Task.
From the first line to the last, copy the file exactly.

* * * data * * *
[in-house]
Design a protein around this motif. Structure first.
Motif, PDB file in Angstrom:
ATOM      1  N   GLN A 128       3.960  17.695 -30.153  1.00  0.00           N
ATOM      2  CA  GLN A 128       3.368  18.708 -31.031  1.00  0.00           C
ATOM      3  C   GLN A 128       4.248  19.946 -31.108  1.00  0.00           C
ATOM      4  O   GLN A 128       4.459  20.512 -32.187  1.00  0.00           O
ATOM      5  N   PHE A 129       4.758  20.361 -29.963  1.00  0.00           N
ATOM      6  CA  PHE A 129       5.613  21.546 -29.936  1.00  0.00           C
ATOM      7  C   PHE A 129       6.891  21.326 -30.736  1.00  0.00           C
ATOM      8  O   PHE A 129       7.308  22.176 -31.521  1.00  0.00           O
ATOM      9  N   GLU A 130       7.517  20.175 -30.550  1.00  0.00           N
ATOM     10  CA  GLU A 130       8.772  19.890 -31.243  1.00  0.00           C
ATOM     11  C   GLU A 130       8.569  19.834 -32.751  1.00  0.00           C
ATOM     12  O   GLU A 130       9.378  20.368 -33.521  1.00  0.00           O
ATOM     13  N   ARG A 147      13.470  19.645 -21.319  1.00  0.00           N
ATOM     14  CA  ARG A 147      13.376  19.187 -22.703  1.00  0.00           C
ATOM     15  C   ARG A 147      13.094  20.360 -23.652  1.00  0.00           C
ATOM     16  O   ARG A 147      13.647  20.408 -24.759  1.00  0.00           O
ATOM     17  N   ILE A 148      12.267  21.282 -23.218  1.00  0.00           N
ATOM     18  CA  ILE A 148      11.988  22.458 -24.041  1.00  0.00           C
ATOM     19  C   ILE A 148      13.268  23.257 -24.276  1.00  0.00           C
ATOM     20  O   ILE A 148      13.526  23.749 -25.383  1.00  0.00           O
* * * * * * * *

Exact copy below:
[in-house]
Design a protein around this motif. Structure first.
Motif, PDB file in Angstrom:
ATOM      1  N   GLN A 128       3.960  17.695 -30.153  1.00  0.00           N
ATOM      2  CA  GLN A 128       3.368  18.708 -31.031  1.00  0.00           C
ATOM      3  C   GLN A 128       4.248  19.946 -31.108  1.00  0.00           C
ATOM      4  O   GLN A 128       4.459  20.512 -32.187  1.00  0.00           O
ATOM      5  N   PHE A 129       4.758  20.361 -29.963  1.00  0.00           N
ATOM      6  CA  PHE A 129       5.613  21.546 -29.936  1.00  0.00           C
ATOM      7  C   PHE A 129       6.891  21.326 -30.736  1.00  0.00           C
ATOM      8  O   PHE A 129       7.308  22.176 -31.521  1.00  0.00           O
ATOM      9  N   GLU A 130       7.517  20.175 -30.550  1.00  0.00           N
ATOM     10  CA  GLU A 130       8.772  19.890 -31.243  1.00  0.00           C
ATOM     11  C   GLU A 130       8.569  19.834 -32.751  1.00  0.00           C
ATOM     12  O   GLU A 130       9.378  20.368 -33.521  1.00  0.00           O
ATOM     13  N   ARG A 147      13.470  19.645 -21.319  1.00  0.00           N
ATOM     14  CA  ARG A 147      13.376  19.187 -22.703  1.00  0.00           C
ATOM     15  C   ARG A 147      13.094  20.360 -23.652  1.00  0.00           C
ATOM     16  O   ARG A 147      13.647  20.408 -24.759  1.00  0.00           O
ATOM     17  N   ILE A 148      12.267  21.282 -23.218  1.00  0.00           N
ATOM     18  CA  ILE A 148      11.988  22.458 -24.041  1.00  0.00           C
ATOM     19  C   ILE A 148      13.268  23.257 -24.276  1.00  0.00           C
ATOM     20  O   ILE A 148      13.526  23.749 -25.383  1.00  0.00           O